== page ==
•  The fail is failing (11+ / 0-)

    because it is destined to fail.

    Smiting trolls on the tubes since 1977!

    by blue aardvark on Fri Jun 05, 2009 at 10:44:22 AM PDT

    •  That is some pretty major fail (1+ / 0-)
      Recommended by:
      NM Ward Chair

      It's tragic though  that MOST Republicans believe Sotomayor isn't qualified to be a Supreme Court Justice but judging from this they don't know WHY, except they've got marching  orders. Unfortunately, the Republican Party's (and their mouthpiece conservative pundits') idea of who isn't qualified is "Anyone Obama appoints who isn't a hardline conservative." And he'll never appoint one of those. So qualified to them equals hard right ideology.

      Rob Portman: He sent your job to China.

      by anastasia p on Fri Jun 05, 2009 at 11:21:37 AM PDT

      [ Parent ]

  •  Bwahahaha. (4+ / 0-)

    Damn, when will NC have enough Latinos to officially qualify as "not the South"?  We keep hearing that Charlotte, at any rate, will go majority nonwhite by, like, next year...

  •  Do not discount the popularity of Rage (12+ / 0-)

    These preening, lying, freedom hating clowns are on the fringe right now, but we dismiss their ability to muck up the debate and smear people at our own peril.

    It was only six years ago that they turned Max Cleland into Osama Bin Laden.

    All it would take is, God forbid, another terrorist attack to scare people again, and these thugs, bullies and racists that call themselves "republican" could make a comeback as dangerous and destructive as anything that came before.

    I laughed as George H.W. Bush sailed into the sunset in disgrace in 1992.  Eight years later, and his son was back to hurt us even more.

    We must stay vigilant.

    •  Indies favor Sotomayor 2:1--the GOP has really (3+ / 0-)
      Recommended by:
      stephdray, mmacdDE, NM Ward Chair

      lost them, and most of what they're doing now will only exacerbate that trend.  While a terrorist attack obviously is a concern, a U3 of 9.4% is a bigger concern right now.  Seeing that # trend downward is necessary to keep indies from thinking about giving the GOP another shot.

      Some men see things as they are and ask why. I see things that never were and ask why not?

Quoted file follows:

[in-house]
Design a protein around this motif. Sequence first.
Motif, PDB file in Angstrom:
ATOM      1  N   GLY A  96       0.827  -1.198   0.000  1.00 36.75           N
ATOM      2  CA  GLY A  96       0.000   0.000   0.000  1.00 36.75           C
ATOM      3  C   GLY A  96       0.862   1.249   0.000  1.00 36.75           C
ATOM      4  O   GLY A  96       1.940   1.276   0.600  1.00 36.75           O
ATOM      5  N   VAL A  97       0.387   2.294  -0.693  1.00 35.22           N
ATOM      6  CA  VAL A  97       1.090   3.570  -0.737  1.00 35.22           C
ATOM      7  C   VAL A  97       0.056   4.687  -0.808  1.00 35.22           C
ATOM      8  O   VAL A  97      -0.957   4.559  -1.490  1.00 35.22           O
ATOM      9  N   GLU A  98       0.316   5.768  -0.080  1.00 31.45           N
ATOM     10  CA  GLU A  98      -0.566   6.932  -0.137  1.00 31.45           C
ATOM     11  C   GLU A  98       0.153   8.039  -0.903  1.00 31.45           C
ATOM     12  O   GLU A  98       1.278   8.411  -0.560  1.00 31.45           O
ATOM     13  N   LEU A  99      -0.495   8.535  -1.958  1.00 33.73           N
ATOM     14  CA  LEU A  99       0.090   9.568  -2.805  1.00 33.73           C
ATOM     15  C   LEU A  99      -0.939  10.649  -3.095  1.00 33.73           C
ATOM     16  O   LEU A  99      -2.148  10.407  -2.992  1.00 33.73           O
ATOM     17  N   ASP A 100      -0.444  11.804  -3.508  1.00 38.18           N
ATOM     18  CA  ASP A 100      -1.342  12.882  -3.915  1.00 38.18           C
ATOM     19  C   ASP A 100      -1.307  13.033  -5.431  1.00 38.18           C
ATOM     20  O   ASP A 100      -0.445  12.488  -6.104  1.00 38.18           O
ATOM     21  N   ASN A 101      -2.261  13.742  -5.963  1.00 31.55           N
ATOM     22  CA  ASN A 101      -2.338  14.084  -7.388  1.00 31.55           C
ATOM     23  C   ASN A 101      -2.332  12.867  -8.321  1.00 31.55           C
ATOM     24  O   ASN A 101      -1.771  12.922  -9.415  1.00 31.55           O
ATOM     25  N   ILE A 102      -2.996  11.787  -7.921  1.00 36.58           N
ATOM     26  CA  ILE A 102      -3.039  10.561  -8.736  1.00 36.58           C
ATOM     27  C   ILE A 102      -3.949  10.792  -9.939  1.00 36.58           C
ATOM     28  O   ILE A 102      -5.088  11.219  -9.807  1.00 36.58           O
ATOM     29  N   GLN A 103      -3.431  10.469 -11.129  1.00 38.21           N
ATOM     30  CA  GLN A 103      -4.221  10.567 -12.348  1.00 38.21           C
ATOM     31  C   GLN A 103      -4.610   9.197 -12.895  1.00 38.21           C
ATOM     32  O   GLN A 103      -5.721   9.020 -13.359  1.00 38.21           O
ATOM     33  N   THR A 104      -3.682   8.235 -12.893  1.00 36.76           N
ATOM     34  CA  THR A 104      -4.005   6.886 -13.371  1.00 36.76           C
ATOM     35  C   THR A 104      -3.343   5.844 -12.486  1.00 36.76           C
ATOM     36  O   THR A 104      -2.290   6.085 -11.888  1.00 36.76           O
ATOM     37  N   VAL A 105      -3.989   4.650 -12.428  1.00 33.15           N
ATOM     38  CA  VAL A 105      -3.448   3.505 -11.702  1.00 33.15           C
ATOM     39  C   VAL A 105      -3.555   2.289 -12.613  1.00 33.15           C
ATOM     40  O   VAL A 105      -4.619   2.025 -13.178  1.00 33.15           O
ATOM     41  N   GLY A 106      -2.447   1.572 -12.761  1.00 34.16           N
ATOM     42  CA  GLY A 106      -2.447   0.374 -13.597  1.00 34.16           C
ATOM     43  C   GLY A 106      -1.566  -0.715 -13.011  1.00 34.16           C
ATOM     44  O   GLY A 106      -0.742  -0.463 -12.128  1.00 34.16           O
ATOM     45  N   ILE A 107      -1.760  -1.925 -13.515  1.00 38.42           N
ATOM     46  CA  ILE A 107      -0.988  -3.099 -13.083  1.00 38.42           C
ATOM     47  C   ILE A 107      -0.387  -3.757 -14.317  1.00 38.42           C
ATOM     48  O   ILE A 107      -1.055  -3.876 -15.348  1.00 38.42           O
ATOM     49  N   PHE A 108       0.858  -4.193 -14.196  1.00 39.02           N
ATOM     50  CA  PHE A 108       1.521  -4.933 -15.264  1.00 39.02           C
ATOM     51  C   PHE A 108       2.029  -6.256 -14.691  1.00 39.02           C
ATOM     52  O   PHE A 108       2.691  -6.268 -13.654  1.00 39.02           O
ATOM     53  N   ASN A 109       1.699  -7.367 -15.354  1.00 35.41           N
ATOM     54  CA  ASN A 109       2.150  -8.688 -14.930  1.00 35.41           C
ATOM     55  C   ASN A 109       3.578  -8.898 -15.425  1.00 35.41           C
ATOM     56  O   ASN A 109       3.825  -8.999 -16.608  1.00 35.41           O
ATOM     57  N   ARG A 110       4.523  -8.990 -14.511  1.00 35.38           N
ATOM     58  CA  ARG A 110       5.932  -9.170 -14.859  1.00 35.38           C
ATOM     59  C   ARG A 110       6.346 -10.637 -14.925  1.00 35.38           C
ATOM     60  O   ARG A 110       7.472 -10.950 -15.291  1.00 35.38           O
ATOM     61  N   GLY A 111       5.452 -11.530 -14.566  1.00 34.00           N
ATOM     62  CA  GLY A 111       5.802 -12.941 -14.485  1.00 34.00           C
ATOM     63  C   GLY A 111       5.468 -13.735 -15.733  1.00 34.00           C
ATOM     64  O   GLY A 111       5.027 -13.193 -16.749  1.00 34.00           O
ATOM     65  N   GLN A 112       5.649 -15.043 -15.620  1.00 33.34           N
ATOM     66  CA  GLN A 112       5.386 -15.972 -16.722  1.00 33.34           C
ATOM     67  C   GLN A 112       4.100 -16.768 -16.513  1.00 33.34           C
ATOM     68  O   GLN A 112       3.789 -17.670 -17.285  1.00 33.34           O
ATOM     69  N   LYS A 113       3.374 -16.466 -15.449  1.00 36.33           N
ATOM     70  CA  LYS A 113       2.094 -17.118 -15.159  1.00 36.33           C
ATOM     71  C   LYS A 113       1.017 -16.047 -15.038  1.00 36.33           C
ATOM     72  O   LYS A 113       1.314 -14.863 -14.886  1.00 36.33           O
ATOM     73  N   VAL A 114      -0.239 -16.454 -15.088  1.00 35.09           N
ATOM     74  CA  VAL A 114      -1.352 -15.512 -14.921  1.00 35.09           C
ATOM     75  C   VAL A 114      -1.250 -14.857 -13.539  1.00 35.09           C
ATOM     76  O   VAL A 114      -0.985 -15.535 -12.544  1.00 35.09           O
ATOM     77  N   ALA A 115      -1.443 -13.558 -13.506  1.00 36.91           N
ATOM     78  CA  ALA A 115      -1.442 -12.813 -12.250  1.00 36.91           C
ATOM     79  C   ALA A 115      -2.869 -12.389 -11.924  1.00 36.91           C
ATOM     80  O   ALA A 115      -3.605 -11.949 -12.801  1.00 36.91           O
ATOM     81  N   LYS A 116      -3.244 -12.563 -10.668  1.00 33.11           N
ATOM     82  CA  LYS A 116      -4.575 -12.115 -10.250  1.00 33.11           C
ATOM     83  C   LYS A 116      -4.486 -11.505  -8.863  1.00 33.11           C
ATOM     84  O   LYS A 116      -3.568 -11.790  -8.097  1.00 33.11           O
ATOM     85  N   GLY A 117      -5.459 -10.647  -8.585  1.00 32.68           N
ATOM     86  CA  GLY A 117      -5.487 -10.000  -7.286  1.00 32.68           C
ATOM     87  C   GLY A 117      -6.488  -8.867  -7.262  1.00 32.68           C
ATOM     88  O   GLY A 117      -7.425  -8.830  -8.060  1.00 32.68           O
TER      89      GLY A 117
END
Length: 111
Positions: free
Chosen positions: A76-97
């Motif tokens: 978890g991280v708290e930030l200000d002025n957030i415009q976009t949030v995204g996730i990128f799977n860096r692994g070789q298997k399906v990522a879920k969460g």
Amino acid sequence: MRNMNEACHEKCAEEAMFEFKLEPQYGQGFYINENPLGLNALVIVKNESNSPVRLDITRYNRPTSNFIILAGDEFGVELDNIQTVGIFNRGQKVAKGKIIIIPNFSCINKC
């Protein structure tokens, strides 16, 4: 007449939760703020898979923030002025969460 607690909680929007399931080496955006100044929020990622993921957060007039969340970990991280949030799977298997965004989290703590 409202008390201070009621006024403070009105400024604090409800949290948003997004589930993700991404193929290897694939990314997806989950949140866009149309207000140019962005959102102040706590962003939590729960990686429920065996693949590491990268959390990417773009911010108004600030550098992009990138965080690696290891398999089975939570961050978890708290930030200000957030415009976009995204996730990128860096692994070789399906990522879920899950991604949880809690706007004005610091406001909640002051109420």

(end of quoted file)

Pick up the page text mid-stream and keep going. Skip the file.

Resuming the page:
by RFK Lives on Fri Jun 05, 2009 at 11:06:02 AM PDT

      [ Parent ]

  •  So they can only get 14% of their party (2+ / 0-)
    Recommended by:
    seabrook, jodygirl

    To buy the Rush racist line, that's rather telling....

    "Polls are like crack, political activists know they're bad for them but they read them anyways."-Unknown

    by skywaker9 on Fri Jun 05, 2009 at 10:45:41 AM PDT

  •  <snark> yeah - but those are just numbers (0+ / 0-)

    (predicting next line of delusional response)

  •  It was pretty clear... (9+ / 0-)

    ...that she was going to sail through confirmation as soon as she was nominated. She's now providing, though, a second service to her country by provoking yet more GOP self-grave-digging.

    So, thanks Your Honor!

    "Then a man dripping with Vitalis said I looked like Joe Namath." - Vic Chesnutt

    by turnover on Fri Jun 05, 2009 at 10:45:57 AM PDT

  •  Republicans Are in Kneejerk Mode (10+ / 0-)

    They don't realize it, but they are coming off as reactionary with clealry knreejerk, Pavlovian responses to anything Obama does.  They would do themselves a huge favor if they at least APPEARED to reserve judgement on things and they could also avoid arguments that were clear losers.

    I will not speak with disrespect of the Republican Party. I always speak with respect of the past. -Woodrow Wilson

    by Gangster Octopus on Fri Jun 05, 2009 at 10:46:29 AM PDT

  •  Their unhinged rhetoric isn't working (5+ / 0-)

    They think no one will notice their unhinged rhetoric, which they don't really believe but use  fire up the base and raise cash. But people are noticing, and it is why approval ratings for the Republican Party are -55.